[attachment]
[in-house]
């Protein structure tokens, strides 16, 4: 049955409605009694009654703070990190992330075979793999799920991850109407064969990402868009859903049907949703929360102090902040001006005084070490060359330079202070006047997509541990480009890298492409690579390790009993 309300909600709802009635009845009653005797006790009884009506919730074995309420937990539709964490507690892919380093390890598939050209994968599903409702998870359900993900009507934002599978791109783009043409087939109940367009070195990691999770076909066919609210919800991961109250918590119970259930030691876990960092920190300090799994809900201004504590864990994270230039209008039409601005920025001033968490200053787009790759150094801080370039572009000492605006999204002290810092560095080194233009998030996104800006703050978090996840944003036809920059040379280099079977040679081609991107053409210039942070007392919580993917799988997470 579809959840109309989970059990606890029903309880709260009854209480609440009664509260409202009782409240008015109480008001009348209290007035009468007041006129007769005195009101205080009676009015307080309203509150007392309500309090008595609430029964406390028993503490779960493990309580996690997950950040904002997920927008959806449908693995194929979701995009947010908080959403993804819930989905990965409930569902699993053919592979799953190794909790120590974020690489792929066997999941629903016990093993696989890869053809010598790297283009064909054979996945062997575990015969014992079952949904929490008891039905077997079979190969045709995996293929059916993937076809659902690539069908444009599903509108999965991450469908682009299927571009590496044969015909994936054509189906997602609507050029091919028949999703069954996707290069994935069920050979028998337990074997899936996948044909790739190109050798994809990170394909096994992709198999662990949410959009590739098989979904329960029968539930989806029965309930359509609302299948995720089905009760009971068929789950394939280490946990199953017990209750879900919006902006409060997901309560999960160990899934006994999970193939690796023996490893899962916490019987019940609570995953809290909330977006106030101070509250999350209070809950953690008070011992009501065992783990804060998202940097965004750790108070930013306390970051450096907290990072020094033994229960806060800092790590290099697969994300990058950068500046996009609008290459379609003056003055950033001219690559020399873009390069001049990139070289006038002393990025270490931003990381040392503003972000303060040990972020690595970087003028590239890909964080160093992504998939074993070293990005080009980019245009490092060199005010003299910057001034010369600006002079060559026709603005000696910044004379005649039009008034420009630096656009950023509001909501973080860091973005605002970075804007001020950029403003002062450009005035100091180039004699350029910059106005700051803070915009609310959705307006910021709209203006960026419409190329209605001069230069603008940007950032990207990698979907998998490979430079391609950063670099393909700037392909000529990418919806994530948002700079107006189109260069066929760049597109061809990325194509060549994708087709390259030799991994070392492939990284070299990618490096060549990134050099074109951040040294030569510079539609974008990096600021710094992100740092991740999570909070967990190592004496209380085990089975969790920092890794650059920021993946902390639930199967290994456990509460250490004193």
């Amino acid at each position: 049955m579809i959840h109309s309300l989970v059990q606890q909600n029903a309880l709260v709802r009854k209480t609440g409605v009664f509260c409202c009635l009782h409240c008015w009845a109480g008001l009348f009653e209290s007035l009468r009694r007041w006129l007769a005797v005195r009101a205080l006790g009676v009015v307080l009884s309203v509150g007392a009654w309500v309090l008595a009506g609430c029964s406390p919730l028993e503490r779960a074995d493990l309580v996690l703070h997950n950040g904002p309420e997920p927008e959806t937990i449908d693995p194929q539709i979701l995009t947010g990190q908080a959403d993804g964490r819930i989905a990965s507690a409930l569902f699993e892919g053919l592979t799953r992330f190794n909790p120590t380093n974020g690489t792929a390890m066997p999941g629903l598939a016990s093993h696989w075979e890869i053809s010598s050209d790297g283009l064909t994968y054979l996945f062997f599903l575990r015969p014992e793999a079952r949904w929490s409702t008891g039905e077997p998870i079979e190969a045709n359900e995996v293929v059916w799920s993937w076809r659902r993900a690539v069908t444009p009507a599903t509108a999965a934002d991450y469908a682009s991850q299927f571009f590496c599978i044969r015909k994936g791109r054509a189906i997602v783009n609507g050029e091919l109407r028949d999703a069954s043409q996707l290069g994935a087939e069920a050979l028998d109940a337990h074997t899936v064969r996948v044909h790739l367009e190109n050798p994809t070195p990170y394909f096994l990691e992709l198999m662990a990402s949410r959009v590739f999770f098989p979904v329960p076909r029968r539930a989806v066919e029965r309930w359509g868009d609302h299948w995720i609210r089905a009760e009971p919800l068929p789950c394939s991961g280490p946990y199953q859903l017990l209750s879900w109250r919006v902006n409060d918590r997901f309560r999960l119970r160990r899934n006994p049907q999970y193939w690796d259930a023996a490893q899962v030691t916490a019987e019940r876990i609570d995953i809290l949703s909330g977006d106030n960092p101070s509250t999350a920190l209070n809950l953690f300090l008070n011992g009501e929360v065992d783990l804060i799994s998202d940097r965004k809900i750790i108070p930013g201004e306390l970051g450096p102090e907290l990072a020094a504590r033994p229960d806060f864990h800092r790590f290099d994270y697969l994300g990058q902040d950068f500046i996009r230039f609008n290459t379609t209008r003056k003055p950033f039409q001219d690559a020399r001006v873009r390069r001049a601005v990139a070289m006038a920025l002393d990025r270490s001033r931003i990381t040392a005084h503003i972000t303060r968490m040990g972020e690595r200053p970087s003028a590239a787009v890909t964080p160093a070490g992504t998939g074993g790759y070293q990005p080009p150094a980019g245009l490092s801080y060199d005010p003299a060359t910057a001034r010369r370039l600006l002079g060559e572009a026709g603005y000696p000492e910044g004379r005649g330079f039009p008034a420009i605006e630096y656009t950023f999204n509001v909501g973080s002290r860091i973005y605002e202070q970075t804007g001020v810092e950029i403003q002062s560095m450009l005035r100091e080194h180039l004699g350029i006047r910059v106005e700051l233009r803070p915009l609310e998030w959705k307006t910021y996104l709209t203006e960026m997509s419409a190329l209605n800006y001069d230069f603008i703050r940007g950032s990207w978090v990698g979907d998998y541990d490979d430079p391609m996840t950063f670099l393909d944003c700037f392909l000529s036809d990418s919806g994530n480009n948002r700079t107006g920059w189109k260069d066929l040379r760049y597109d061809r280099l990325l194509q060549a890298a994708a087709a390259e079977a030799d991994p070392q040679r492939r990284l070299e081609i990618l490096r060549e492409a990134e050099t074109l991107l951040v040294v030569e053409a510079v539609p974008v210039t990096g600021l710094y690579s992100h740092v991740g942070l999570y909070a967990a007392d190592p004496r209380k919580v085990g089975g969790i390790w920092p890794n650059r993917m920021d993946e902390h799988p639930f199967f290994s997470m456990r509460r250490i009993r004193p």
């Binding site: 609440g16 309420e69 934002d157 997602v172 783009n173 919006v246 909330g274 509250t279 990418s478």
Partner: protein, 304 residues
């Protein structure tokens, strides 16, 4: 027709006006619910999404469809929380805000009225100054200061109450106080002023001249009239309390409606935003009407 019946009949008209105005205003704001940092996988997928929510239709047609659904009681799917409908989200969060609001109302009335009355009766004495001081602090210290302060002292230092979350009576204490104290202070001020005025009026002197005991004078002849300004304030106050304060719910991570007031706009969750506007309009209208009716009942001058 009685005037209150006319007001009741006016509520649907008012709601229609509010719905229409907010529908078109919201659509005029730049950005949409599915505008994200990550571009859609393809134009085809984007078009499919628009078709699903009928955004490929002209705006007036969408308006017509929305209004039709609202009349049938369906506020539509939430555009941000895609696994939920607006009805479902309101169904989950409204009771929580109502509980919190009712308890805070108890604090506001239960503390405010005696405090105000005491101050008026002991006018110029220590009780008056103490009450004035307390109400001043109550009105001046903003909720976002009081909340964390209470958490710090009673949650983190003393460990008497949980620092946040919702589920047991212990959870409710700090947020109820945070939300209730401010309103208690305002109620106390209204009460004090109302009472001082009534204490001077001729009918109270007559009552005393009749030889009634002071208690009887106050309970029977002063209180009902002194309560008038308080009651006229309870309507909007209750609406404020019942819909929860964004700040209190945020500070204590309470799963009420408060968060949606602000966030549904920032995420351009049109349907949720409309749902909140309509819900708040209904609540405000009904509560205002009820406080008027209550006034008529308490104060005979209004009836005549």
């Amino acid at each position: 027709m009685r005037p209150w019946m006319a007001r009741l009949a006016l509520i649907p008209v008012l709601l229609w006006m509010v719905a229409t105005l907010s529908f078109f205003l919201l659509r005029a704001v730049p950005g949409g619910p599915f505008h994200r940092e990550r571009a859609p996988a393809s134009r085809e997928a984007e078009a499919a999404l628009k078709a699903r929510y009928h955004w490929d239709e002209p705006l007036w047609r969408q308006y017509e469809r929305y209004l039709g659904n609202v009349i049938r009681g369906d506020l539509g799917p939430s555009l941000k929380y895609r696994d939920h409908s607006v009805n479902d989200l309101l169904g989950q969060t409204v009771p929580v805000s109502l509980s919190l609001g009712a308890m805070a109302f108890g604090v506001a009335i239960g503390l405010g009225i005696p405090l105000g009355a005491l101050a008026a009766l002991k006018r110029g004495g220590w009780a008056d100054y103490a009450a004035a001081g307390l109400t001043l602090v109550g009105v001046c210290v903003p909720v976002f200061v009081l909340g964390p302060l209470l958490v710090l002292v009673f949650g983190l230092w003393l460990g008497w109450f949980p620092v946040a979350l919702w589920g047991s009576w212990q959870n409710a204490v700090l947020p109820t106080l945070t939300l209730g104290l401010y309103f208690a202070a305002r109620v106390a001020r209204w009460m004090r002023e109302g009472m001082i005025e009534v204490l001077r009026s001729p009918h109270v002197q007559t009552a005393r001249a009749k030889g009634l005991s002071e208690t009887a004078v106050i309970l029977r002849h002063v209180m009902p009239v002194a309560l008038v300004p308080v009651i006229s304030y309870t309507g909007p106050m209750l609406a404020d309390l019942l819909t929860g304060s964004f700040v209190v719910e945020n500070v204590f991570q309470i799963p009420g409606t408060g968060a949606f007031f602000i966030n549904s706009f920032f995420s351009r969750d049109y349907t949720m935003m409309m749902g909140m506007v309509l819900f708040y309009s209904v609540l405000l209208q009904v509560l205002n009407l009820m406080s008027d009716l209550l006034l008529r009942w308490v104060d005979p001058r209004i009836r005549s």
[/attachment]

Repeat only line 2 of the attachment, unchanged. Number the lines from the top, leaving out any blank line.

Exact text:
């Protein structure tokens, strides 16, 4: 049955409605009694009654703070990190992330075979793999799920991850109407064969990402868009859903049907949703929360102090902040001006005084070490060359330079202070006047997509541990480009890298492409690579390790009993 309300909600709802009635009845009653005797006790009884009506919730074995309420937990539709964490507690892919380093390890598939050209994968599903409702998870359900993900009507934002599978791109783009043409087939109940367009070195990691999770076909066919609210919800991961109250918590119970259930030691876990960092920190300090799994809900201004504590864990994270230039209008039409601005920025001033968490200053787009790759150094801080370039572009000492605006999204002290810092560095080194233009998030996104800006703050978090996840944003036809920059040379280099079977040679081609991107053409210039942070007392919580993917799988997470 579809959840109309989970059990606890029903309880709260009854209480609440009664509260409202009782409240008015109480008001009348209290007035009468007041006129007769005195009101205080009676009015307080309203509150007392309500309090008595609430029964406390028993503490779960493990309580996690997950950040904002997920927008959806449908693995194929979701995009947010908080959403993804819930989905990965409930569902699993053919592979799953190794909790120590974020690489792929066997999941629903016990093993696989890869053809010598790297283009064909054979996945062997575990015969014992079952949904929490008891039905077997079979190969045709995996293929059916993937076809659902690539069908444009599903509108999965991450469908682009299927571009590496044969015909994936054509189906997602609507050029091919028949999703069954996707290069994935069920050979028998337990074997899936996948044909790739190109050798994809990170394909096994992709198999662990949410959009590739098989979904329960029968539930989806029965309930359509609302299948995720089905009760009971068929789950394939280490946990199953017990209750879900919006902006409060997901309560999960160990899934006994999970193939690796023996490893899962916490019987019940609570995953809290909330977006106030101070509250999350209070809950953690008070011992009501065992783990804060998202940097965004750790108070930013306390970051450096907290990072020094033994229960806060800092790590290099697969994300990058950068500046996009609008290459379609003056003055950033001219690559020399873009390069001049990139070289006038002393990025270490931003990381040392503003972000303060040990972020690595970087003028590239890909964080160093992504998939074993070293990005080009980019245009490092060199005010003299910057001034010369600006002079060559026709603005000696910044004379005649039009008034420009630096656009950023509001909501973080860091973005605002970075804007001020950029403003002062450009005035100091180039004699350029910059106005700051803070915009609310959705307006910021709209203006960026419409190329209605001069230069603008940007950032990207990698979907998998490979430079391609950063670099393909700037392909000529990418919806994530948002700079107006189109260069066929760049597109061809990325194509060549994708087709390259030799991994070392492939990284070299990618490096060549990134050099074109951040040294030569510079539609974008990096600021710094992100740092991740999570909070967990190592004496209380085990089975969790920092890794650059920021993946902390639930199967290994456990509460250490004193």